When I cracked open another box, hoping for that elusive diamond key a spider jumped out and devoured me. I sent myself directly to the gray.
“Would you care to continue, Miss Knight?”
“Of course I would! I’ve got armor to collect.”
“Right, but before you do, didn’t you promise to recite the memorized names for me?”
“I allowed you not recite them last time because you appeared to be in a hurry.”
“Okay, Let me think!” I put my hands to my temples like a certain lovable stuffed bear.
After a second he said, “Start with the country Nenvari comes from.”
This one was easy since I’d been exposed to the name so many times. “Goraitheshselan.”
“Good, Now the major Light Fae kingdom.”
This one was harder. I knew it sounded like Say, Rayvo, hint that land. “Seirei Vohinthaslan.”
“Good, now the queen, first consort and heir of that country.”
“That wasn’t in the deal.”
“I did ask you to memorize them.”
It took a minute for me to remember what funny names I gave them but I managed it. “Queen Ruler Vasena, Consort Gaerm and Princess Yoishay.”
“You did well.”
I sighed. “I do want to be a doctor. I can’t be one if I can’t memorize stupid scientific names which are about as awkward as these, though they tend to make more sense.”
He chuckled. “And what about—”
“Enough. Tell me what the country names mean.”
He cleared his throat. “Very well. Goraitheshselan is a combination of words that basically mean A Beautiful Darkened Land Under Light.”
“And Seirei Vohinthaslan is also a combination of words that mean essentially, The Celestial Land of Exquisite Loveliness and Strength of Spirit.”
“Oh. I can see how its actual name is easier to say than that.”
“You aren’t going to tell me what all those royal people’s names mean, are you?”
“Do you want me to?”
“Then, let’s get you back to the cave so you can claim your new armor.”
That was when I remembered my mana point. “Wait! I need to learn my next spell.”
“Very well then. Please take your time.”
“Will do!” I grinned. “This is my fourth mana point.”
He eyed me skeptically. “Miss Knight, how many mana points did you start with.”
He coughed in obvious surprise.
“What? You said magi tend to start with lower mana than mages.”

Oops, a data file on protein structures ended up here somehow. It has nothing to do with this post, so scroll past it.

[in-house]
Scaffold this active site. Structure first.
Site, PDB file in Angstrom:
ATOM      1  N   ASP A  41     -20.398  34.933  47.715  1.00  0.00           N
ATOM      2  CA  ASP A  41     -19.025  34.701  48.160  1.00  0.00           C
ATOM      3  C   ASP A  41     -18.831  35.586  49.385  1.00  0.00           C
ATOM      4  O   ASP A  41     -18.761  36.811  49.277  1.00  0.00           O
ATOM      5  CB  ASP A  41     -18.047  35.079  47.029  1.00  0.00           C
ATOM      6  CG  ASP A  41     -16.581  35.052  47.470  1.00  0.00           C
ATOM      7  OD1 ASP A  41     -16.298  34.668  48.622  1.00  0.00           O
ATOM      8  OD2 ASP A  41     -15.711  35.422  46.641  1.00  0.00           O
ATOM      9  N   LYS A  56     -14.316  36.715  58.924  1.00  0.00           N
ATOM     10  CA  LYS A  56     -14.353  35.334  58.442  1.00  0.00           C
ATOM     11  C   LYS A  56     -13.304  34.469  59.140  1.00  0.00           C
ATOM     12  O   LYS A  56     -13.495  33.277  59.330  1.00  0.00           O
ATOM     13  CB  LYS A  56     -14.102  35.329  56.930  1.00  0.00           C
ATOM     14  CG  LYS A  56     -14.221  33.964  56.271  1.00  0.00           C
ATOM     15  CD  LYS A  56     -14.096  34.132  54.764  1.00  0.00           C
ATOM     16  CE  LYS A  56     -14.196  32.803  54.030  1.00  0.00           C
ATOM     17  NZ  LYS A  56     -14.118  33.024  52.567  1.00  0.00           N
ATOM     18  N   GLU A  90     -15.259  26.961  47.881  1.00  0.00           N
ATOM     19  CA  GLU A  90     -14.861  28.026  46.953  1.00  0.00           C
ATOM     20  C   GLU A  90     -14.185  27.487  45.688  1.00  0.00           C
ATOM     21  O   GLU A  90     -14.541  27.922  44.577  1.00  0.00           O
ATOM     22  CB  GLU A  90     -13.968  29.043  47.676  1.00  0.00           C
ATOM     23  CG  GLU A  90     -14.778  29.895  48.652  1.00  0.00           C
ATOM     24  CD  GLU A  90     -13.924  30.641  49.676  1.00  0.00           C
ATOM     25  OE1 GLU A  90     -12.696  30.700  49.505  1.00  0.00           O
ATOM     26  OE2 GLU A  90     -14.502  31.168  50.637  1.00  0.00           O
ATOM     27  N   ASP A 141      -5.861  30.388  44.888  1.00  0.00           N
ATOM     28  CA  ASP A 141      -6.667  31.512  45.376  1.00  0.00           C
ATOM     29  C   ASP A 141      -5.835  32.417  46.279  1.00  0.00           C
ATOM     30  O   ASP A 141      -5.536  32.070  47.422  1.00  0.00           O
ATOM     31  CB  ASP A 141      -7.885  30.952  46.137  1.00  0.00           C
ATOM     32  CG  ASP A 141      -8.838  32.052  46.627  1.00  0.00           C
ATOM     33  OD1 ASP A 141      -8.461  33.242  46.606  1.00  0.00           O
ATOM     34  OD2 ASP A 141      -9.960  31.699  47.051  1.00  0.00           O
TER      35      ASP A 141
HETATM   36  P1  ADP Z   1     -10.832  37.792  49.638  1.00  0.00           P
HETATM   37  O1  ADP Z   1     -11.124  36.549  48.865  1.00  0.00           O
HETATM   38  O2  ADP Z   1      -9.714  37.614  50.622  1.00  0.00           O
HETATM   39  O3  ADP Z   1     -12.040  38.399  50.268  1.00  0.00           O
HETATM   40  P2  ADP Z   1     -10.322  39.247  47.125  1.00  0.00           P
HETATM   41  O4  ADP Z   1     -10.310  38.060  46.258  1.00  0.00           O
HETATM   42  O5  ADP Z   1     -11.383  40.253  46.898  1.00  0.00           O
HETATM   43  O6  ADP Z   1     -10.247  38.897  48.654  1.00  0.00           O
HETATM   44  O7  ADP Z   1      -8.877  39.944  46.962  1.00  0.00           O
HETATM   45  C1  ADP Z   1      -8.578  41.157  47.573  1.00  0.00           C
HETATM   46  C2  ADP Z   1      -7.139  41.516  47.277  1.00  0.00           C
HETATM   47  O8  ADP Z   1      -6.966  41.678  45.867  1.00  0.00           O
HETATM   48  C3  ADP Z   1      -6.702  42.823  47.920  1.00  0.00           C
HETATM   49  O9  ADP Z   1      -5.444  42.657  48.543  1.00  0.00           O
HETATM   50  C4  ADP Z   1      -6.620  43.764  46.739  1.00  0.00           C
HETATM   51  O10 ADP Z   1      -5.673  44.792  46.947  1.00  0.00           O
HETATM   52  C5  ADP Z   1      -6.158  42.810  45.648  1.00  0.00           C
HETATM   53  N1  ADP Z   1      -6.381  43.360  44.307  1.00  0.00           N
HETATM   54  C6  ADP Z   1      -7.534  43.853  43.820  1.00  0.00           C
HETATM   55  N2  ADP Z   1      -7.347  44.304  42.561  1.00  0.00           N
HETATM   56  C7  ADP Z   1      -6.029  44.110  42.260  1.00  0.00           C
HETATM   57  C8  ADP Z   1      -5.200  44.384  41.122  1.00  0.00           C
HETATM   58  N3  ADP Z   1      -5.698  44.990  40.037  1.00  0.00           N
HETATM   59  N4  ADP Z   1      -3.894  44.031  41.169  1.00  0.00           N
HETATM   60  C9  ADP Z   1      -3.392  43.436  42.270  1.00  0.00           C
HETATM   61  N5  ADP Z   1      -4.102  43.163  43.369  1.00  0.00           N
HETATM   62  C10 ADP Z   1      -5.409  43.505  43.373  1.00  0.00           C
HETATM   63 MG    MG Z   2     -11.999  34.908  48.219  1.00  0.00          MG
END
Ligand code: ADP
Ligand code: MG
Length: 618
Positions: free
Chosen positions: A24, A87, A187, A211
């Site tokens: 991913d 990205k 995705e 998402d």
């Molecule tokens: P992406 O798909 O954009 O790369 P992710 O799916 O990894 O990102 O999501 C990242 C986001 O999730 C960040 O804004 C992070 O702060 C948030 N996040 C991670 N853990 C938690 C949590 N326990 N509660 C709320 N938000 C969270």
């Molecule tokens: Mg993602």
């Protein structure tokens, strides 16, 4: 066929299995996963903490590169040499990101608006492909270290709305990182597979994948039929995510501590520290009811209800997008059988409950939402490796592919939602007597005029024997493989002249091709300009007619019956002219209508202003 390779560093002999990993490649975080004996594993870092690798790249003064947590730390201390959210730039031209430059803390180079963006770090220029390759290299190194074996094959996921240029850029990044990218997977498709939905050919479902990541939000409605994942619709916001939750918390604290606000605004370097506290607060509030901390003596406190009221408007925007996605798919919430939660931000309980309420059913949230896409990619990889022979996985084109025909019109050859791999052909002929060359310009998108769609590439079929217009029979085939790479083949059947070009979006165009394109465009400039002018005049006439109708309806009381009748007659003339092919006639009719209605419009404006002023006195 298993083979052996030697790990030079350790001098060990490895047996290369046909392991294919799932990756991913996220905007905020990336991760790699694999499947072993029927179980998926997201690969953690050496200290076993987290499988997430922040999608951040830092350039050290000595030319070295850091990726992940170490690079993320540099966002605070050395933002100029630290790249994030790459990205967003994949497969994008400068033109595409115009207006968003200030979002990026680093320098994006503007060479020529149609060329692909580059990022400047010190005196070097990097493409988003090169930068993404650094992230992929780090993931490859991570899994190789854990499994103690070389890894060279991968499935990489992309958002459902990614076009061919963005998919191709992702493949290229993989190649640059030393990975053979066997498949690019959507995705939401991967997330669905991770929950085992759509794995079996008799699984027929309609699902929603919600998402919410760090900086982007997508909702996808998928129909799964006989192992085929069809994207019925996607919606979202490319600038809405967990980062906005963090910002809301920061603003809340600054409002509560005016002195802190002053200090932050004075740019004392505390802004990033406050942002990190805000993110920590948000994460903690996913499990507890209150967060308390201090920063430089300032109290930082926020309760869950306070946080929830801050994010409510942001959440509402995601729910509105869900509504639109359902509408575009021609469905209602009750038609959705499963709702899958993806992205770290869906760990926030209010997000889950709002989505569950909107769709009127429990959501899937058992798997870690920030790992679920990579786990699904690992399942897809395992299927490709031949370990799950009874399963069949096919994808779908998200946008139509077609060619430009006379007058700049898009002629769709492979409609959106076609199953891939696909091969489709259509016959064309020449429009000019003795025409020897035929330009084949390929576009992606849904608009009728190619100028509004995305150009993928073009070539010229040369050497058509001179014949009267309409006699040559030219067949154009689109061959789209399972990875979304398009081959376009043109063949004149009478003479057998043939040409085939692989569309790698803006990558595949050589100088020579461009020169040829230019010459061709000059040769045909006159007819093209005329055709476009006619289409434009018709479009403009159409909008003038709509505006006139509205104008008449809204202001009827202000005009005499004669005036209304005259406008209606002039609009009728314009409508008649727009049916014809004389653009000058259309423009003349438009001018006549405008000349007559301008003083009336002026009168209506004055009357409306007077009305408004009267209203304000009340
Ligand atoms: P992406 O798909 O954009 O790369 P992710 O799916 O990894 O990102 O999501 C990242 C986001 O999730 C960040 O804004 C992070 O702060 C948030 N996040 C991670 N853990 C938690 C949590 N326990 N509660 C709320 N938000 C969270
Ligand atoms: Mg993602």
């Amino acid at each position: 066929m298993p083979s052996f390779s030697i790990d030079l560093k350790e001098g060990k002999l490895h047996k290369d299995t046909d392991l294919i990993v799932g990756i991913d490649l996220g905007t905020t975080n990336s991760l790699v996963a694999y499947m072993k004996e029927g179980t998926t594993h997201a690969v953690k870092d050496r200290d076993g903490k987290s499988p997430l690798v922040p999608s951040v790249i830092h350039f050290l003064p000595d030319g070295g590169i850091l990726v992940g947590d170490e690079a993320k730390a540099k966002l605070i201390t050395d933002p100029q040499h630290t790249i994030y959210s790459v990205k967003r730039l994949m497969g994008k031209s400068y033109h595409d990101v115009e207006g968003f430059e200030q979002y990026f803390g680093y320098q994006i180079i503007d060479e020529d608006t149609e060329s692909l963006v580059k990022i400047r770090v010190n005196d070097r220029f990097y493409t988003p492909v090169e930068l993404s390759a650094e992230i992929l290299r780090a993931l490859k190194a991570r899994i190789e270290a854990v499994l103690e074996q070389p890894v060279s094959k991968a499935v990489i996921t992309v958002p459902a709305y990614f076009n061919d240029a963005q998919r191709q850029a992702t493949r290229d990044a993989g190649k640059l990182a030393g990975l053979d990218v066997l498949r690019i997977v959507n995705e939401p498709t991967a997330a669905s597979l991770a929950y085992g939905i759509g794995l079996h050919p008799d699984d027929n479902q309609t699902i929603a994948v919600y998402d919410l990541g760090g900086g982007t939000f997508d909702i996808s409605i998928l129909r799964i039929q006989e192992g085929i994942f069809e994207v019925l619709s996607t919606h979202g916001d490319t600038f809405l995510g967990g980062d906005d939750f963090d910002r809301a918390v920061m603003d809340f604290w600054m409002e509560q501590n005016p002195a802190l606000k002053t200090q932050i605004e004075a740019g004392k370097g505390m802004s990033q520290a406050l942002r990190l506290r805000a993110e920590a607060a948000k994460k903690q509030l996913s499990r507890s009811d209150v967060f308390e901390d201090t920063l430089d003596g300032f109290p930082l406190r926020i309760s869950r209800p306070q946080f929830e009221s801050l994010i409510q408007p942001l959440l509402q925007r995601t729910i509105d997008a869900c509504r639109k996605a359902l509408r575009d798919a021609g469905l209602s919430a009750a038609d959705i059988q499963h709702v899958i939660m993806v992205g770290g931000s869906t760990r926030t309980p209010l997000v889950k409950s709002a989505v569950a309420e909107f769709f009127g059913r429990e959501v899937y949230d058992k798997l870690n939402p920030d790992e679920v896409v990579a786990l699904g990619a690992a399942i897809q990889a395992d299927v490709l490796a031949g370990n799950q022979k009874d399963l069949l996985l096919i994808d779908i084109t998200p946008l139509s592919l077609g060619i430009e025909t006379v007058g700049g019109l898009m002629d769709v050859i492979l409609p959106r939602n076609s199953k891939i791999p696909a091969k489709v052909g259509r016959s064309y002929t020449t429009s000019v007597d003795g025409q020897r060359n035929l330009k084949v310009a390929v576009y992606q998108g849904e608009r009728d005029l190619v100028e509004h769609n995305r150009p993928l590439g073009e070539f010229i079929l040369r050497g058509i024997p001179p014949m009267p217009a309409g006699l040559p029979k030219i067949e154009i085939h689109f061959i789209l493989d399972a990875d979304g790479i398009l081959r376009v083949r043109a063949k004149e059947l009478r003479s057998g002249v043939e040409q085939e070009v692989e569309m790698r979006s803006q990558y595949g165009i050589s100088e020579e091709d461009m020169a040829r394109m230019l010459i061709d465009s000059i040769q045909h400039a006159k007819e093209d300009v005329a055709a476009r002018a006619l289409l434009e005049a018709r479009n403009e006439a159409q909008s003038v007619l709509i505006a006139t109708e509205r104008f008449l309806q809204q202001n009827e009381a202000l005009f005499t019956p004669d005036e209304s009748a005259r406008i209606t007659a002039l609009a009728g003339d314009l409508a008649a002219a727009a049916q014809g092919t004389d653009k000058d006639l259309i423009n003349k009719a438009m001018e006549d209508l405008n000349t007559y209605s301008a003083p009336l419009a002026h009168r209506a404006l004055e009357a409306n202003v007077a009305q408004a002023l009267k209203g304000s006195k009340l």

“Yeah, 6 or 7. But you only had one?”
“Didn’t I tell you?”
“I would have remembered that.”
“It doesn’t matter. I’ve already come to the conclusion that I am not the greatest magic user. I’m fine with that. Now please hand over my book.”
He took out my tome and placed it gently in my hands.
I reviewed the simple spell, Minor Cleanliness. It was a little different from the others in that I had to think of what I wanted to remove from an area before I cast the spell. It didn’t actually remove the dirt or what I considered dirt from an area, instead it gathered the individual components that made up the dirt and formed them into solid balls in the center of the cube. They would then either go into my inventory or fall depending on what I willed them to do. It was such a weird spell description. Its complexity made its cost understandable.
It also came with a more complex spell diagram. I wrote it in the air with my finger. Two rounded triangles on top of each other but with no bottom, A backward C with quote marks on top, and a line that looked like two elongated parallel S with a circle on top. It was hard to memorize. I kept writing the symbols wrong because they were almost similar to letters I was familiar with.
After watching me for several minutes Mr. Black took out a blank leather-bound notebook and handed it to me.
I blinked. “What’s this?”
“I have a lot of free time, so I sometimes write or draw. I generally keep extra notebooks on me.”
“I mean. Is this for me to have?”
“Think of it as an apology for my sister’s behavior.”
“Thank you, but you don’t have to apologize for her behavior. You’re not her.”
“Still she’s family.”
My lips twisted into a wry smile and I nodded.
I began writing the spell diagram using the reaper pen.